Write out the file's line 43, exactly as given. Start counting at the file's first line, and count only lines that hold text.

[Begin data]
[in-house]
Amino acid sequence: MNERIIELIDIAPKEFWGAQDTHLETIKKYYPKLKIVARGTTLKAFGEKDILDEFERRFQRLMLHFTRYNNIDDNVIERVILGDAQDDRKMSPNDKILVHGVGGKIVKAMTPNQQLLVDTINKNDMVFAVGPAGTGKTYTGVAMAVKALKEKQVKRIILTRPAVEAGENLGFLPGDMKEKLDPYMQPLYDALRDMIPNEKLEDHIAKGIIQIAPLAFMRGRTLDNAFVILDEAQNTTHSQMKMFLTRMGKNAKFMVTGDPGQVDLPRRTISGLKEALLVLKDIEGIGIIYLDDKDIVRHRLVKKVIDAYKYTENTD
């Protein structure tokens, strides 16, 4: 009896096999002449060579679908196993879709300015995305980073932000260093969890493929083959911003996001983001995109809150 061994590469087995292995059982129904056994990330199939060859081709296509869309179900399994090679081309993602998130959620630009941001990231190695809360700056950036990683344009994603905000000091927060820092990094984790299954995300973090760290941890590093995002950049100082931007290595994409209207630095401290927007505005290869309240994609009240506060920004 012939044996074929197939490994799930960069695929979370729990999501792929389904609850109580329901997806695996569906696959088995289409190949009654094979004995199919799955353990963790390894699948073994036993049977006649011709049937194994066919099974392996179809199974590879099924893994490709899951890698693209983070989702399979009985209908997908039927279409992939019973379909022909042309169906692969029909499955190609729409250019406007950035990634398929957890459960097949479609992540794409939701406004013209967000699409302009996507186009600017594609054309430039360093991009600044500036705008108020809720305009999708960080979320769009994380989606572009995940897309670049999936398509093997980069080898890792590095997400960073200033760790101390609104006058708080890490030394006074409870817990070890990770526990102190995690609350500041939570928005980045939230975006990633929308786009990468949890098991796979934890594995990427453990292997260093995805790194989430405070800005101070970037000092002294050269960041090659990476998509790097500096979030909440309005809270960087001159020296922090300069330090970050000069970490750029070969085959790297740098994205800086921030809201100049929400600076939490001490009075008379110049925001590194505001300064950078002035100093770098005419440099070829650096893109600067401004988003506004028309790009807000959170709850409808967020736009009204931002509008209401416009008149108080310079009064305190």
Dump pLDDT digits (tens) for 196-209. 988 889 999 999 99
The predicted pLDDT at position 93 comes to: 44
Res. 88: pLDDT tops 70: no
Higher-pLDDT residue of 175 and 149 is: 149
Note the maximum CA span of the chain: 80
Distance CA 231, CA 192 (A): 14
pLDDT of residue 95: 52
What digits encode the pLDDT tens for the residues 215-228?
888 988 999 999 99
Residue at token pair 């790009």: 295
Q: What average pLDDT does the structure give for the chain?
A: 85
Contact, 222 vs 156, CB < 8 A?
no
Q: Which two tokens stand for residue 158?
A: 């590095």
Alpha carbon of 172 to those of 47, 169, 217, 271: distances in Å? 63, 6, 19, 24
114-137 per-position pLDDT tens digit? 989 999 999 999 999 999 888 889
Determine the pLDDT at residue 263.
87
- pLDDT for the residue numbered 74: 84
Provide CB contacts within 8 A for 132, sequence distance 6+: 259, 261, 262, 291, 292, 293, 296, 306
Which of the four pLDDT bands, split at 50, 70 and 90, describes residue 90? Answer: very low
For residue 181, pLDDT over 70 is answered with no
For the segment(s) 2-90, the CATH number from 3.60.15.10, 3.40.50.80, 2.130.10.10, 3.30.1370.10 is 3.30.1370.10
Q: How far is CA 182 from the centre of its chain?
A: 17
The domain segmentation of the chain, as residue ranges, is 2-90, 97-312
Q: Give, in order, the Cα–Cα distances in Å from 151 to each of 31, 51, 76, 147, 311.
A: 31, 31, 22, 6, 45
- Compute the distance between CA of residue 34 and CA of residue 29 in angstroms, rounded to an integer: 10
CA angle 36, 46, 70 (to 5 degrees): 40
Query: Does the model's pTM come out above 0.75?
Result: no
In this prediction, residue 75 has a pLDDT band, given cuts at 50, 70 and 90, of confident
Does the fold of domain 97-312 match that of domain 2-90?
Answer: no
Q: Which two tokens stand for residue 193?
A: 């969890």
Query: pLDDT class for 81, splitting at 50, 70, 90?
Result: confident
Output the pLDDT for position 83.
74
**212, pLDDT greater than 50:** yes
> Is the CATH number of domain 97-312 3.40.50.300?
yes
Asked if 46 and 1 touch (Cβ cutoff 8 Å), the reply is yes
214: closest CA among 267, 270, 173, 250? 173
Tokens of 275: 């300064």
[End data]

Query: pLDDT class for 81, splitting at 50, 70, 90?